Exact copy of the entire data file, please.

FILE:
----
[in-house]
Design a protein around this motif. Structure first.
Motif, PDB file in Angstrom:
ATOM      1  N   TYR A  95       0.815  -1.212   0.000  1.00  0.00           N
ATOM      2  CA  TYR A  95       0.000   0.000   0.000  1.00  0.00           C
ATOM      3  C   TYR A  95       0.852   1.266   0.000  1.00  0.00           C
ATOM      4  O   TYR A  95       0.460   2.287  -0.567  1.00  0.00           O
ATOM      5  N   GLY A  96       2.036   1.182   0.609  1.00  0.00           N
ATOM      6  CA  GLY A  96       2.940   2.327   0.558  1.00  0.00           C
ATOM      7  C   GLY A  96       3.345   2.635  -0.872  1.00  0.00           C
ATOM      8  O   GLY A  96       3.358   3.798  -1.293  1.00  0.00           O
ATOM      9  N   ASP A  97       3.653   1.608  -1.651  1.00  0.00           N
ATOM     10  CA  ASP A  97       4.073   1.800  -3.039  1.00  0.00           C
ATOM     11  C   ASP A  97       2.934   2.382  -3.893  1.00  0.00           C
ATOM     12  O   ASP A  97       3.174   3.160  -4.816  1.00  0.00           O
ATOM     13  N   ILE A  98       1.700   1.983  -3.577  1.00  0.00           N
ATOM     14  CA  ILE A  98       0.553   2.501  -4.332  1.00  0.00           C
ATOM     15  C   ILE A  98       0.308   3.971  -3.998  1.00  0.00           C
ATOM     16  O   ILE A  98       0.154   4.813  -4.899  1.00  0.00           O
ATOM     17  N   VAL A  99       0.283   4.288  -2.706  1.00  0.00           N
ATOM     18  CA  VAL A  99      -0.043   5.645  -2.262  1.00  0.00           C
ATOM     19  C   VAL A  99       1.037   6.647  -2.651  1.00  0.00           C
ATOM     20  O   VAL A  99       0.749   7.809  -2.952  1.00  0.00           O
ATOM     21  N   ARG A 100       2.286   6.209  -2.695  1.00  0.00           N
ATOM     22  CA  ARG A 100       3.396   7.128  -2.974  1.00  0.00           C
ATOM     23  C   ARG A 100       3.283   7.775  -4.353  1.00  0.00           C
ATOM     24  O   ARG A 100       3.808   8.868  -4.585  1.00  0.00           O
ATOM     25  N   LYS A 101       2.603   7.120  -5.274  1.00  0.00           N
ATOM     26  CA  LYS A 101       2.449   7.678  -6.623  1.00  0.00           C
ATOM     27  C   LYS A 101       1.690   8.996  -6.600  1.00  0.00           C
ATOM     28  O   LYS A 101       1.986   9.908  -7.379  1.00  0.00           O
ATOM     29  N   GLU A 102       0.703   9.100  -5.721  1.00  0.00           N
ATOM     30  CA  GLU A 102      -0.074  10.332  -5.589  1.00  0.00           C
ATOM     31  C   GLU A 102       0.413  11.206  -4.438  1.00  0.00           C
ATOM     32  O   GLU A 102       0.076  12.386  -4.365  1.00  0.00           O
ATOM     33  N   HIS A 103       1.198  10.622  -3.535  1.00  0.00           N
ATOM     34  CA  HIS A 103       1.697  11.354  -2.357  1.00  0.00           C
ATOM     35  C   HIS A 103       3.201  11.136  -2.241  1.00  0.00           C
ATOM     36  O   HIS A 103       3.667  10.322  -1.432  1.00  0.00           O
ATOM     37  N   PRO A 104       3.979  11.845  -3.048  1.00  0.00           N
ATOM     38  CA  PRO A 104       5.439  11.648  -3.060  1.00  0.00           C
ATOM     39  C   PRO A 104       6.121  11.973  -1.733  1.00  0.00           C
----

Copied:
[in-house]
Design a protein around this motif. Structure first.
Motif, PDB file in Angstrom:
ATOM      1  N   TYR A  95       0.815  -1.212   0.000  1.00  0.00           N
ATOM      2  CA  TYR A  95       0.000   0.000   0.000  1.00  0.00           C
ATOM      3  C   TYR A  95       0.852   1.266   0.000  1.00  0.00           C
ATOM      4  O   TYR A  95       0.460   2.287  -0.567  1.00  0.00           O
ATOM      5  N   GLY A  96       2.036   1.182   0.609  1.00  0.00           N
ATOM      6  CA  GLY A  96       2.940   2.327   0.558  1.00  0.00           C
ATOM      7  C   GLY A  96       3.345   2.635  -0.872  1.00  0.00           C
ATOM      8  O   GLY A  96       3.358   3.798  -1.293  1.00  0.00           O
ATOM      9  N   ASP A  97       3.653   1.608  -1.651  1.00  0.00           N
ATOM     10  CA  ASP A  97       4.073   1.800  -3.039  1.00  0.00           C
ATOM     11  C   ASP A  97       2.934   2.382  -3.893  1.00  0.00           C
ATOM     12  O   ASP A  97       3.174   3.160  -4.816  1.00  0.00           O
ATOM     13  N   ILE A  98       1.700   1.983  -3.577  1.00  0.00           N
ATOM     14  CA  ILE A  98       0.553   2.501  -4.332  1.00  0.00           C
ATOM     15  C   ILE A  98       0.308   3.971  -3.998  1.00  0.00           C
ATOM     16  O   ILE A  98       0.154   4.813  -4.899  1.00  0.00           O
ATOM     17  N   VAL A  99       0.283   4.288  -2.706  1.00  0.00           N
ATOM     18  CA  VAL A  99      -0.043   5.645  -2.262  1.00  0.00           C
ATOM     19  C   VAL A  99       1.037   6.647  -2.651  1.00  0.00           C
ATOM     20  O   VAL A  99       0.749   7.809  -2.952  1.00  0.00           O
ATOM     21  N   ARG A 100       2.286   6.209  -2.695  1.00  0.00           N
ATOM     22  CA  ARG A 100       3.396   7.128  -2.974  1.00  0.00           C
ATOM     23  C   ARG A 100       3.283   7.775  -4.353  1.00  0.00           C
ATOM     24  O   ARG A 100       3.808   8.868  -4.585  1.00  0.00           O
ATOM     25  N   LYS A 101       2.603   7.120  -5.274  1.00  0.00           N
ATOM     26  CA  LYS A 101       2.449   7.678  -6.623  1.00  0.00           C
ATOM     27  C   LYS A 101       1.690   8.996  -6.600  1.00  0.00           C
ATOM     28  O   LYS A 101       1.986   9.908  -7.379  1.00  0.00           O
ATOM     29  N   GLU A 102       0.703   9.100  -5.721  1.00  0.00           N
ATOM     30  CA  GLU A 102      -0.074  10.332  -5.589  1.00  0.00           C
ATOM     31  C   GLU A 102       0.413  11.206  -4.438  1.00  0.00           C
ATOM     32  O   GLU A 102       0.076  12.386  -4.365  1.00  0.00           O
ATOM     33  N   HIS A 103       1.198  10.622  -3.535  1.00  0.00           N
ATOM     34  CA  HIS A 103       1.697  11.354  -2.357  1.00  0.00           C
ATOM     35  C   HIS A 103       3.201  11.136  -2.241  1.00  0.00           C
ATOM     36  O   HIS A 103       3.667  10.322  -1.432  1.00  0.00           O
ATOM     37  N   PRO A 104       3.979  11.845  -3.048  1.00  0.00           N
ATOM     38  CA  PRO A 104       5.439  11.648  -3.060  1.00  0.00           C
ATOM     39  C   PRO A 104       6.121  11.973  -1.733  1.00  0.00           C